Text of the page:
Novel Representation Learning Technique Using Graphs For Performance Analytics




Ramadan, Tarek

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Most publicly available datasets are in a tabular format. It is one of the common data formats used for machine learning (ML) applications, especially in HPC, where models solve regression problems, such as predicting the execution time. Existing ML techniques leverage the correlations among features given tabular datasets, disregarding any relationship between the samples. Moreover, the success of the downstream analysis techniques depends on how well information is extracted from the raw features. For high-quality embeddings, existing methods rely on extensive feature engineering and preprocessing steps, which come at a high cost and require a human in the loop. To fill these two gaps, we propose a novel idea of transforming performance data into graphs to leverage the advancement of graph neural network-based (GNN) techniques in capturing complex relationships between features and samples. In contrast to other ML application domains such as social networks, the graph is not given; instead, we need to build it. To address this gap, we propose graph building methods where nodes represent samples, and the edges are automatically inferred iteratively based on the similarity between the features in the samples. We evaluate the effectiveness of the generated embeddings from GNNs based on how well they make even a simple feed-forward neural network perform for regression tasks compared to other state-of-the-art representation learning techniques. Our evaluation demonstrates that even with up to 25% random missing values for each dataset, our method outperforms commonly used graph and deep neural network (DNN)-based approaches and achieves up to 51.77% improvement in MSE loss over the DNN baseline.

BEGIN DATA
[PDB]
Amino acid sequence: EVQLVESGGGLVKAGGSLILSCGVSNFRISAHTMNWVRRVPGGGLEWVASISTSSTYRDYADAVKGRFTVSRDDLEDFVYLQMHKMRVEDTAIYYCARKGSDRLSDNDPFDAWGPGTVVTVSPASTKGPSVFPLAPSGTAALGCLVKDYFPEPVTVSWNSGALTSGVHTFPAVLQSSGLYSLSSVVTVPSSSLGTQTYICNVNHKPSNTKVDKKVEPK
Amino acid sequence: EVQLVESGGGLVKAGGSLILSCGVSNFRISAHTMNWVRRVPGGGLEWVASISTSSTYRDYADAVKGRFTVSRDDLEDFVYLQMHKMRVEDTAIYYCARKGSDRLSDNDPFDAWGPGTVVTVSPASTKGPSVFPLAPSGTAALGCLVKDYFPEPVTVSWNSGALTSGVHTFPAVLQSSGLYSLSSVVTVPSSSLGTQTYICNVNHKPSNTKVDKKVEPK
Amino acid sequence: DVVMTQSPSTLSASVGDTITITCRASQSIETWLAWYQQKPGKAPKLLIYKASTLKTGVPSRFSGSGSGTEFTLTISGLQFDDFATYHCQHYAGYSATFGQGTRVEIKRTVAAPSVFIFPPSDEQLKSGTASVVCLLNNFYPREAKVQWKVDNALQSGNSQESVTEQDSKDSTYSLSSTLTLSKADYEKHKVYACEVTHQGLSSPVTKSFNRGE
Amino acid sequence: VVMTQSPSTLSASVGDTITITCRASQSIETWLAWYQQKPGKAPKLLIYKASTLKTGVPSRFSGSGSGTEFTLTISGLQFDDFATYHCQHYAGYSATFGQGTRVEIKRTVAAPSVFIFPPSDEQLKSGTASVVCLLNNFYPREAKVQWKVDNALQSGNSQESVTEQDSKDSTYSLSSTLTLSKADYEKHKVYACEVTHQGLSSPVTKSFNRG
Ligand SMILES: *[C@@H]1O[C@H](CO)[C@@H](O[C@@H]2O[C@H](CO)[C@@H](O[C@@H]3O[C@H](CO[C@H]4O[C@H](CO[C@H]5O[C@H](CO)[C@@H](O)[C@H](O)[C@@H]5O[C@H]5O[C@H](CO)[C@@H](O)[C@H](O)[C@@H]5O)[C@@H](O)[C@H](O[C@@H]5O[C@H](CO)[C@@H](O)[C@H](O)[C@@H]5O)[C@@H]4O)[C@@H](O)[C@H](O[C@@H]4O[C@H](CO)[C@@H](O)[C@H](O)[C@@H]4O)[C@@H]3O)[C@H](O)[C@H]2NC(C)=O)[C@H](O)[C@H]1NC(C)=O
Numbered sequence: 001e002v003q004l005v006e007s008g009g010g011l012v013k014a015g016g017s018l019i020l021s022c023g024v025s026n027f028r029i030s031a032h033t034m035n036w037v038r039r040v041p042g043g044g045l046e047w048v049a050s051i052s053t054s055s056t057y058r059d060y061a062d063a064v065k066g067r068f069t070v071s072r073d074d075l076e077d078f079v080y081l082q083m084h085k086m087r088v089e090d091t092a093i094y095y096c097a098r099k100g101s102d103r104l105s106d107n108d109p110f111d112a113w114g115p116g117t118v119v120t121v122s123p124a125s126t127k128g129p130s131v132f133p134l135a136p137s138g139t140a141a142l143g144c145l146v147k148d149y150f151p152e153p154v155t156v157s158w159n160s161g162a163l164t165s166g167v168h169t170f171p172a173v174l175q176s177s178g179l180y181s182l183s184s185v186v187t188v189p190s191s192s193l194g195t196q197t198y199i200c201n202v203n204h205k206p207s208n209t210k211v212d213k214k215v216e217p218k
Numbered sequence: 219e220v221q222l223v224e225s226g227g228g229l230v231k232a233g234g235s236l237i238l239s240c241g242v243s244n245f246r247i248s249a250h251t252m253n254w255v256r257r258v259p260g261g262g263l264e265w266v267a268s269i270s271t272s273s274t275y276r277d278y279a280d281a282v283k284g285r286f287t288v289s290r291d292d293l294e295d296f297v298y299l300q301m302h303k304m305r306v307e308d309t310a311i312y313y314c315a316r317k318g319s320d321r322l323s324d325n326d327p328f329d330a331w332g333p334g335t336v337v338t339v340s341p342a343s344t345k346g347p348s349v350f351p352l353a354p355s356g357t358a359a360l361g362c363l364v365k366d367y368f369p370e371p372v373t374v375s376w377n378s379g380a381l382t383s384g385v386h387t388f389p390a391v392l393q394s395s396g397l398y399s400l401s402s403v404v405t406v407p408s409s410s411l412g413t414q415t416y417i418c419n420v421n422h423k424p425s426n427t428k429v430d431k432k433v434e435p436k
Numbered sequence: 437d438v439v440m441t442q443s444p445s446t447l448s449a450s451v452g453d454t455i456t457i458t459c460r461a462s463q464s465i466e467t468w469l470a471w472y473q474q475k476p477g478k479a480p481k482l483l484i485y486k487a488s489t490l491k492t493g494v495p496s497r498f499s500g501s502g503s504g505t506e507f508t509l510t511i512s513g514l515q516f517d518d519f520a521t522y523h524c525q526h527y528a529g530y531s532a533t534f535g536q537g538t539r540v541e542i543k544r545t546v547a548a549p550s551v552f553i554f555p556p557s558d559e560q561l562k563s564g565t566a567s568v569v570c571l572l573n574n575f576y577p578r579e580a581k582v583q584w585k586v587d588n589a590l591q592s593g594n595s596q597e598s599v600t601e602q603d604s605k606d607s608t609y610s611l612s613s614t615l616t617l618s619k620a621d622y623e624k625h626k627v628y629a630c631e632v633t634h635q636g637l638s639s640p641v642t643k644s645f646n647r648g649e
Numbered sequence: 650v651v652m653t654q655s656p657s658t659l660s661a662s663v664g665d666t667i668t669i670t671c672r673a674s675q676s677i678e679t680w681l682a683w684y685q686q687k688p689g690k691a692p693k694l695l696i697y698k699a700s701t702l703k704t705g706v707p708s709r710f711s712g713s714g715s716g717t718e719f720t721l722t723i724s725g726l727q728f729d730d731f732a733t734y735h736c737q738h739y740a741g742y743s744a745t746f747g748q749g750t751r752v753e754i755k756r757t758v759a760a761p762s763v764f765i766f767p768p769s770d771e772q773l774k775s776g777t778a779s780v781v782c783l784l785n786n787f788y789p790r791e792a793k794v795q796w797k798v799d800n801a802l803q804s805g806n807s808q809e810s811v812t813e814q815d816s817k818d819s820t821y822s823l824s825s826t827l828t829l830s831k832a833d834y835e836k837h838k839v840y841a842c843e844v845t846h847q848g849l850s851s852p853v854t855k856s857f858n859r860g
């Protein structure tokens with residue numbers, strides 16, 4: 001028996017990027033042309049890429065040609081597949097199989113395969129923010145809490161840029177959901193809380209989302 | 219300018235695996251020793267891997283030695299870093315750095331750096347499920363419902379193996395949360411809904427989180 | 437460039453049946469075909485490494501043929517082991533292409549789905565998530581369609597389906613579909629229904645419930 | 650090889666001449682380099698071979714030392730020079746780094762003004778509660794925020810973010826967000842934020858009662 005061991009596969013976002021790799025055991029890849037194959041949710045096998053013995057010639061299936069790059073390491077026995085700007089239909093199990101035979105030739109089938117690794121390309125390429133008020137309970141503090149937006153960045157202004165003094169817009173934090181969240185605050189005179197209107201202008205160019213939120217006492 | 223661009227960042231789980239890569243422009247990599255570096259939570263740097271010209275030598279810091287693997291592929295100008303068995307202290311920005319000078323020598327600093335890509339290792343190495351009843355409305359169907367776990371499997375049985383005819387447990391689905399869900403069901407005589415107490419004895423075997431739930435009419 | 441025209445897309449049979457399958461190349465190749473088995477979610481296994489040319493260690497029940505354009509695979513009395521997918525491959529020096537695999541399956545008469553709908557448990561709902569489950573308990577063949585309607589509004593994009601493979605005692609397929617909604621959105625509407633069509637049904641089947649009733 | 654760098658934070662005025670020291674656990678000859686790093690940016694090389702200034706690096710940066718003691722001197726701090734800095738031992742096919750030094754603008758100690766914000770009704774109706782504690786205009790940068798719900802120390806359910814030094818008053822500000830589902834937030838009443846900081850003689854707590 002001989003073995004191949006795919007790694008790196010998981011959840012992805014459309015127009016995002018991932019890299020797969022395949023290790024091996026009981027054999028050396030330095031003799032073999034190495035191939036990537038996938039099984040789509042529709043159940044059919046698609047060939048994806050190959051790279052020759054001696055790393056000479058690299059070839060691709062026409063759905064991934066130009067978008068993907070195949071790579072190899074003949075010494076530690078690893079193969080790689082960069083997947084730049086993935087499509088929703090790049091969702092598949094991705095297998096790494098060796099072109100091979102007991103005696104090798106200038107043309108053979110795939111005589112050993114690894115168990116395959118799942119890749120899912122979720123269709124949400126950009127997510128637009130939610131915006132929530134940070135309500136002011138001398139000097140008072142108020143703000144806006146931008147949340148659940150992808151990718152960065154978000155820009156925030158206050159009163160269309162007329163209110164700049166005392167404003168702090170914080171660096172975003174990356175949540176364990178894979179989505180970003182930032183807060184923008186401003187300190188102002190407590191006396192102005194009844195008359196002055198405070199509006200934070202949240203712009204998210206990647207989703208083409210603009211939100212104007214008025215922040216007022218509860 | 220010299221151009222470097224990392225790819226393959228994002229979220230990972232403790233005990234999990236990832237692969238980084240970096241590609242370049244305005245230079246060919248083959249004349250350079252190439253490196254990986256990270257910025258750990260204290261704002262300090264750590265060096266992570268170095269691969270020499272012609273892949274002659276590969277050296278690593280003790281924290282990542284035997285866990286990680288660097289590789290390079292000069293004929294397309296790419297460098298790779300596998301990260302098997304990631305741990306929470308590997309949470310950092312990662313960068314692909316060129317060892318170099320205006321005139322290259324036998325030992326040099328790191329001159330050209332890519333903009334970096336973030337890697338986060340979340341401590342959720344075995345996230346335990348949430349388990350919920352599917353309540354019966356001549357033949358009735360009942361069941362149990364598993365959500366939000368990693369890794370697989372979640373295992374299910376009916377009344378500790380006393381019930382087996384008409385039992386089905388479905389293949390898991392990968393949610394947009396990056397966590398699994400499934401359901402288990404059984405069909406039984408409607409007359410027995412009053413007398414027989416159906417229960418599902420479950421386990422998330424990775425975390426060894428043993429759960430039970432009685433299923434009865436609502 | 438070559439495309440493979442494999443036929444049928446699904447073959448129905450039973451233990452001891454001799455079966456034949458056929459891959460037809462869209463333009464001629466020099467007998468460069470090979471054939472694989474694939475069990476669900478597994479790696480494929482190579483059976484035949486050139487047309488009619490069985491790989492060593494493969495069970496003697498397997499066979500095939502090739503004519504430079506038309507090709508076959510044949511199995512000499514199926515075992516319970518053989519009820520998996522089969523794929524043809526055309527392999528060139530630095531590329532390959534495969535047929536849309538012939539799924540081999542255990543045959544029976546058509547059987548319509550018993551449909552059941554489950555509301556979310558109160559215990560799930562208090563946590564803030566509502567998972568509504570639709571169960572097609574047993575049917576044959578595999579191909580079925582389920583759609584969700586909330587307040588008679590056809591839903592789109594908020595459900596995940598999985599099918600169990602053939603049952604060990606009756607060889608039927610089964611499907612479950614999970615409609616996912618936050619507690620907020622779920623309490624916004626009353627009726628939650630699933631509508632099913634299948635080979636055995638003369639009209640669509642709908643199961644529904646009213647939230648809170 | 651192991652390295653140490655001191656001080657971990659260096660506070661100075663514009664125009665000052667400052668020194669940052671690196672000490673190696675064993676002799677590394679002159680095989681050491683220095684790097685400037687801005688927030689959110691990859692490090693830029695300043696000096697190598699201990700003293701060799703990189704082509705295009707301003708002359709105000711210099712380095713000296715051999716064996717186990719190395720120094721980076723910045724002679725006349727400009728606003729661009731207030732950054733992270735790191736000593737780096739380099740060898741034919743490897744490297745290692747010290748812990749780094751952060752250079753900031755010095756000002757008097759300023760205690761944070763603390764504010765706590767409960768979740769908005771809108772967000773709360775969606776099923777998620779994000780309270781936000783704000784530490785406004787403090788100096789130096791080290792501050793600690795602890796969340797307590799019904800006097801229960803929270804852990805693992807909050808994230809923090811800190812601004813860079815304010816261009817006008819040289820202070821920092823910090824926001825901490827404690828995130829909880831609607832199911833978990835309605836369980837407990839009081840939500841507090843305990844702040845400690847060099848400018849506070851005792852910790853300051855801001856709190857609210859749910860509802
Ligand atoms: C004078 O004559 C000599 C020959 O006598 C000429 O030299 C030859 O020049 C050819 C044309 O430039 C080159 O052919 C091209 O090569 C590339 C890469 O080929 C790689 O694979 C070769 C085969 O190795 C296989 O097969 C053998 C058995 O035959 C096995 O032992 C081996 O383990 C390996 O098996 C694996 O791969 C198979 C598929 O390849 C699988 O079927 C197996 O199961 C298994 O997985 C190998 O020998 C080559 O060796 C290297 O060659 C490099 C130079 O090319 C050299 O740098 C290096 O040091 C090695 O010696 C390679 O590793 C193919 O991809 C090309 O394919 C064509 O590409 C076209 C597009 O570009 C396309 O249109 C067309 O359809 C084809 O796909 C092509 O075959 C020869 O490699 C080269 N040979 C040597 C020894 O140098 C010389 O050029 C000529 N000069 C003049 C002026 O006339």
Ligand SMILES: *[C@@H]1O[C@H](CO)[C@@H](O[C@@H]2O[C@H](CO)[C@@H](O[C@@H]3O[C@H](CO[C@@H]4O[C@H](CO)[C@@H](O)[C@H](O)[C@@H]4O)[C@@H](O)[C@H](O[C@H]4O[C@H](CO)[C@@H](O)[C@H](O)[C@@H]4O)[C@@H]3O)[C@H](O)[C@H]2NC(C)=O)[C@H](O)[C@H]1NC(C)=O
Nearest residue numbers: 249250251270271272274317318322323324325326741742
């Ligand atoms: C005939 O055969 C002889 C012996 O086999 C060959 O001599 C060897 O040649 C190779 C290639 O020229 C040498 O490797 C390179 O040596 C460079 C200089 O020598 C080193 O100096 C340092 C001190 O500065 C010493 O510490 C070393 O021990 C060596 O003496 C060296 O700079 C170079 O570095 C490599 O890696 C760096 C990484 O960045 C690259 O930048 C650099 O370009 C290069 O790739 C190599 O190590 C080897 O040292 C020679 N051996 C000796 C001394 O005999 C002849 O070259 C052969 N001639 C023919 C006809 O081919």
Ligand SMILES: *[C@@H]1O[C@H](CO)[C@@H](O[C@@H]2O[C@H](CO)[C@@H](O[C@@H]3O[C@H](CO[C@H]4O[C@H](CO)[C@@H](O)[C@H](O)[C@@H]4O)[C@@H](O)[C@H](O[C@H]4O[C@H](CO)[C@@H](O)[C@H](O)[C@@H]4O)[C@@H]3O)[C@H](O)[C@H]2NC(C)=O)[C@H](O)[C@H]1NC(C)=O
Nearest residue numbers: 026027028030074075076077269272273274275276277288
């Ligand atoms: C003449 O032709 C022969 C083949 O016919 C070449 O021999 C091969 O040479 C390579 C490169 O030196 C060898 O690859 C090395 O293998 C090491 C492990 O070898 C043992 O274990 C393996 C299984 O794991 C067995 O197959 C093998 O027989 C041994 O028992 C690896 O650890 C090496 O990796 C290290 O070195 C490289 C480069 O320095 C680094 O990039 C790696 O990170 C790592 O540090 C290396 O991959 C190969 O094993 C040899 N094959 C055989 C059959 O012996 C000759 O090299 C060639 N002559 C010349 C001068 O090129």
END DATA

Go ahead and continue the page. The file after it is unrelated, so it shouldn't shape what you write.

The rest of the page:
Machine learning, Tabular data, Graph neural network, Deep learning, Deep neural networks


Ramadan, T. (2022). Novel representation learning technique using graphs for performance analytics (Unpublished thesis). Texas State University, San Marcos, Texas.


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